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13 Surprising Facts About the Apollo 11 Mission

Neil Armstrong, Michael Collins and Buzz Aldrin board the shuttle to the Kennedy Space Center on July 16, 1969. Credit: AP.

Fifty years ago today, three Americans launched into space on the Apollo 11 mission to the moon – intending to pilot a four-legged lunar module named Eagle onto its surface.

On July 20th at 04:17:40 (EST), Buzz Aldrin, the module’s pilot, said, “Contact light,” the first words spoken from the moon’s surface as the craft touched down.

Exactly eighteen seconds later, mission commander and Aldrin’s co-pilot Neil Armstrong said, “Houston, Tranquility Base here. The Eagle has landed.”


America on the Moon

The launch of Apollo 11 fulfilled President John F. Kennedy’s call in May 1961 to put Americans in space and on the moon.

The following day at 10:56:15 (EST) – and as half a billion people on earth watched – Armstrong climbed out of the Eagle and tentatively stepped out onto the powdery lunar surface and said, “That’s one small step for man … one giant leap for mankind.”

Nineteen minutes later at 11:15:16 (EST), Aldrin joined Armstrong on the lunar surface.

“Beautiful view!” said Aldrin.

“Isn’t that something!  Magnificent sight out here,” replied Armstrong.

“Magnificent desolation,” replied Aldrin.

Armstrong in Aldrin’s visor.

What Does One Do on the Moon?

For the next 2 hours, 31 minutes the two astronauts traversed about 250 meters of the moon’s surface, planted the American flag, collected 46 pounds of rocks, and performed a number of experiments.

As Aldrin and Armstrong worked, the often overlooked Apollo 11 mission command module pilot Michael Collins orbited 65 miles overhead in the Columbia.

“I am alone now, truly alone, and absolutely isolated from any known life,” he wrote in his book, Carrying the Fire: An Astronaut’s Journey, as the Columbia orbited 17 times for 47 minutes around the far side of the moon.

“I am it. If a count were taken, the score would be three billion plus two over on the other side of the moon, and one plus God knows what on this side.”

Collins’ iconic shot of the Eagle in space.

After 21 hours, 38 minutes and 21 seconds on the moon, the Eagle lifted off at 1:54.01 (EST) and docked with the Columbia at 17:35.00 (EST) to begin its flight home.

Splashing down in the Pacific Ocean at 12:50:35 (EST) on July 24th, the mission to the moon had lasted 195 hours, 18 minutes and 35 seconds.

“For one priceless moment in the whole history of man,” President Richard Nixon had said to Aldrin and Armstrong earlier in the day, “all the people on this Earth are truly one….”

The course of human history had been changed.


13 Surprising Facts About the Apollo 11 Mission

Much has been written in anticipation of today, so rather than repeat the message of others, a look at some of the not-so-well-known facts about the mission is in order…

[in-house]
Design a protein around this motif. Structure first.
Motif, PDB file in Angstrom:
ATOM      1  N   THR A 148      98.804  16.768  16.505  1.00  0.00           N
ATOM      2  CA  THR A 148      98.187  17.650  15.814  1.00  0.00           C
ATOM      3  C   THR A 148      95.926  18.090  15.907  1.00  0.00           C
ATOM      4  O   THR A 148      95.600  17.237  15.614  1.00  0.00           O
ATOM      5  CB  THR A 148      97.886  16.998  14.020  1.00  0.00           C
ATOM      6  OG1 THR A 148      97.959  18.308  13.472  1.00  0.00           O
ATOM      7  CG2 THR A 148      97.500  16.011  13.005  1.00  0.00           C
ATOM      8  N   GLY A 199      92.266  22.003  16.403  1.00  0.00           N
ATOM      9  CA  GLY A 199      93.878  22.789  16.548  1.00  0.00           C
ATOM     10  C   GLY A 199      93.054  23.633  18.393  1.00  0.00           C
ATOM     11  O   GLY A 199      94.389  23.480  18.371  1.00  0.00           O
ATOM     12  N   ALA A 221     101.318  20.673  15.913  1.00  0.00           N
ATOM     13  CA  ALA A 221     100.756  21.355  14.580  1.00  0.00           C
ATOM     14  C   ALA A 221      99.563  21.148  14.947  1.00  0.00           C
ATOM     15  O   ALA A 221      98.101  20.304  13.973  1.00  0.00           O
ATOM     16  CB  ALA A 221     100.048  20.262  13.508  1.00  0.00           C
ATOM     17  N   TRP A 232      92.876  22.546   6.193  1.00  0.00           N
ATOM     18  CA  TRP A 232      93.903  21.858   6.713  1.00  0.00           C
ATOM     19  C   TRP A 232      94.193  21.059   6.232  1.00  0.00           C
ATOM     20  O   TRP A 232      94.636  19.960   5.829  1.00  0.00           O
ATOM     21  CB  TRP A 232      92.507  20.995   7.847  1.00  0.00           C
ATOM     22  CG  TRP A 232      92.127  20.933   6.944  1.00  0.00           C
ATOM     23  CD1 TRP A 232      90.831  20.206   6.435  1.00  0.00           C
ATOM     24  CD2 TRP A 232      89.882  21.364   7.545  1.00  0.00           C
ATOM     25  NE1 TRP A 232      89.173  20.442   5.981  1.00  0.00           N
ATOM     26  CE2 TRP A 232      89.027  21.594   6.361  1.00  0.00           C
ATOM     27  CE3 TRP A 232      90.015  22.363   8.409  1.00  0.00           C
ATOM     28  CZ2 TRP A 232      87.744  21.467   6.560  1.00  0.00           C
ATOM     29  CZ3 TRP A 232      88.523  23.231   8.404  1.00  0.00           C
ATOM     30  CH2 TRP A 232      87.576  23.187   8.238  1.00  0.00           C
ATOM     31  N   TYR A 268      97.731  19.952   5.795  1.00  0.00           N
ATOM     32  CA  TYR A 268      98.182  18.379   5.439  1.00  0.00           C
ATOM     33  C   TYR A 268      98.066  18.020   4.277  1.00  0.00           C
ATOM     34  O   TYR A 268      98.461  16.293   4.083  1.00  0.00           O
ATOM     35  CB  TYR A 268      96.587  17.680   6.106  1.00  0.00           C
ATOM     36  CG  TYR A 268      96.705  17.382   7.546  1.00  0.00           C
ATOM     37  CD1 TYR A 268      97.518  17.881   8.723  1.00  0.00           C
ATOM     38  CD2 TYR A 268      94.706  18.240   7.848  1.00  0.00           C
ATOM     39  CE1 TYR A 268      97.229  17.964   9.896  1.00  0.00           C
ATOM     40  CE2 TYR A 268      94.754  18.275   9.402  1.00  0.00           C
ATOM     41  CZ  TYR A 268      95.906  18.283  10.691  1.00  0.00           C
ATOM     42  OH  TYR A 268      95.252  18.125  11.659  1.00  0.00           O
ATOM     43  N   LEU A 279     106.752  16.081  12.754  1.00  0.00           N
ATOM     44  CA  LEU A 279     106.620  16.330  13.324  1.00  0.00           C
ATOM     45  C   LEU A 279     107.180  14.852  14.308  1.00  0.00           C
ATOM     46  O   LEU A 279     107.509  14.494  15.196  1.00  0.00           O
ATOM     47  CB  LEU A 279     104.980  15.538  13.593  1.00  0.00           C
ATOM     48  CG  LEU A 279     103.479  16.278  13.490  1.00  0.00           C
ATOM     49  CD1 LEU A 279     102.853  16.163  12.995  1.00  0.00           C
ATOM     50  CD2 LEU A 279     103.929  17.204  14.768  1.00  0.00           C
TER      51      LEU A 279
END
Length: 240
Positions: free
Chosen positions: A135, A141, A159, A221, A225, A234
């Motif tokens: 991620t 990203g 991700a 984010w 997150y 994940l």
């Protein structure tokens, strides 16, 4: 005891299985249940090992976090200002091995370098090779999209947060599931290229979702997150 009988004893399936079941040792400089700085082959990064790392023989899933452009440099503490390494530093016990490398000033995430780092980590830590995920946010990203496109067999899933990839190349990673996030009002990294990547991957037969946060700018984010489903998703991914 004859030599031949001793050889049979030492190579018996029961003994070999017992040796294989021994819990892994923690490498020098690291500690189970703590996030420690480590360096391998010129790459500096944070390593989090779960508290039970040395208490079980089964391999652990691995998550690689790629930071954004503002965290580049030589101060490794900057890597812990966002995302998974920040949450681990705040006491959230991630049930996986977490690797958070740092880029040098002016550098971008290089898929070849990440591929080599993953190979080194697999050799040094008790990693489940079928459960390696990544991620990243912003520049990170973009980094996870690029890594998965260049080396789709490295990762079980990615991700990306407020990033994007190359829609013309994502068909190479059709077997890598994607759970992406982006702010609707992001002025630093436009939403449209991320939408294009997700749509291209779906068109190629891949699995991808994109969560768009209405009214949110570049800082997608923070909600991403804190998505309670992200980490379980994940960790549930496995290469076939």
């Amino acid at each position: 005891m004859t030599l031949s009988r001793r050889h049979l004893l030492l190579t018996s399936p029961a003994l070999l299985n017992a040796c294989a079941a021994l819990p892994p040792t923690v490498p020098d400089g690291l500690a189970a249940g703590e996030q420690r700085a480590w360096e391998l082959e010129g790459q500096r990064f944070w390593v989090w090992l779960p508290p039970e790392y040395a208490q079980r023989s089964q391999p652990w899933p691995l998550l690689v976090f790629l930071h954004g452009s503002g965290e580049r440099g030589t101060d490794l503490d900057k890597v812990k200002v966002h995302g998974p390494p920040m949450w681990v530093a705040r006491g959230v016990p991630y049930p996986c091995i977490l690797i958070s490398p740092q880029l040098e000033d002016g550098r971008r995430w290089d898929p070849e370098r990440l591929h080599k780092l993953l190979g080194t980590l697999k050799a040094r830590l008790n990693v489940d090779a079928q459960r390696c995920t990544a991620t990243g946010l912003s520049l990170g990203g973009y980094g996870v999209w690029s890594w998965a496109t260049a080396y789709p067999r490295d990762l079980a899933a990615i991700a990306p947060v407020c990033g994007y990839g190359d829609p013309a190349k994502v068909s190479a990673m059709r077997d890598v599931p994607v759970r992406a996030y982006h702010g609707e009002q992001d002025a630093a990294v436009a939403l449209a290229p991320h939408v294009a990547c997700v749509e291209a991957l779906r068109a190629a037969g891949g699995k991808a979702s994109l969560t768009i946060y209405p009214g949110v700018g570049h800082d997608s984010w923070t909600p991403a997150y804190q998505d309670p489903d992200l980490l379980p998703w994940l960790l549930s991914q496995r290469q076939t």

1. The Moon Smells:  Aldrin and Armstrong both said after their walks on the moon they could smell the lunar dust.  Aldrin said it smelled like a firecracker had gone off; Armstrong said it had the scent of wet ashes.

2. Customs Comes Calling:  The three astronauts had to fill out a “Agriculture, Customs, Immigrations, and Public Health” form upon their return for importing moon rocks and dust into the United States.

3. The Cameras:  Hasselblad cameras were the favorite, and Armstrong used one on the lunar surface to capture Aldrin in many of the landing’s iconic images. In fact, there is only one full-body image of Armstrong walking on the moon.

Aldrin saluting the flag.

4. No Affordable Life Insurance Policies: There were no guarantees that the three astronauts would return.  They tried to take out life insurance, but it was unbelievably expensive.  To get around this, they signed autographs to postcards that their families could sell after their deaths.

5. The First Holy Communion on The Moon: After landing the Eagle, Aldrin radioed Houston and asked for a moment of silence.  He then requested that listeners think about the landing and give thanks in their own ways as he took communion.

6. Piece of Wood: In 1903, Orville and Wilbur Wright constructed and flew the Wright Flyer in the first controlled, powered flight.  Armstrong carried a piece of wood from the plane’s propeller and a scrap to fabric from its wing to the moon.

7. The Spacesuits: They were designed by Playtex, the company who created the “Cross Your Heart Bra” in the 1950s.  The company convinced NASA it could make the spacesuits because it had experience in developing clothing that were both flexible and form-fitting.

Aldrin’s gloves.

8. Luna 15:  The unmanned Russian spacecraft assumed lunar orbit on July 17, two days ahead of the Apollo 11 mission.  Two hours before the Eagle lifted off the lunar surface, Luna 15 crashed about 540 miles to the northeast.

9. Charlie Brown and Snoopy: The three astronauts originally wanted to call their crafts after Charles Schultz’s characters. Bureaucrats thought otherwise, and Columbia and Eagle were selected.

10. On-Board Computer:  The Apollo Guidance Computer (AGC) weighed more than 66 pounds; its processor was only 2.048 MHz; and it had less computing power than an iPhone.

11. The Flag on The Moon: Designed with an additional horizontal pole to support the 2-ply polyester flag, it cost $5.50.

12. Many Heads, Hearts and Hands: At the height of NASA’s Apollo Space Program, 400,000 individuals were employed.

13. One Message: Before departing the moon, the following was left for posterity:



JULY 1969, A.D.


Aldrin’s footprint on the moon.

A special thanks is due to the Museum of Flight at Seattle’s Boeing Field and to the Smithsonian Institution for allowing me access to photograph the items pictured in this article. Both organizations were outstanding to work with at every point.


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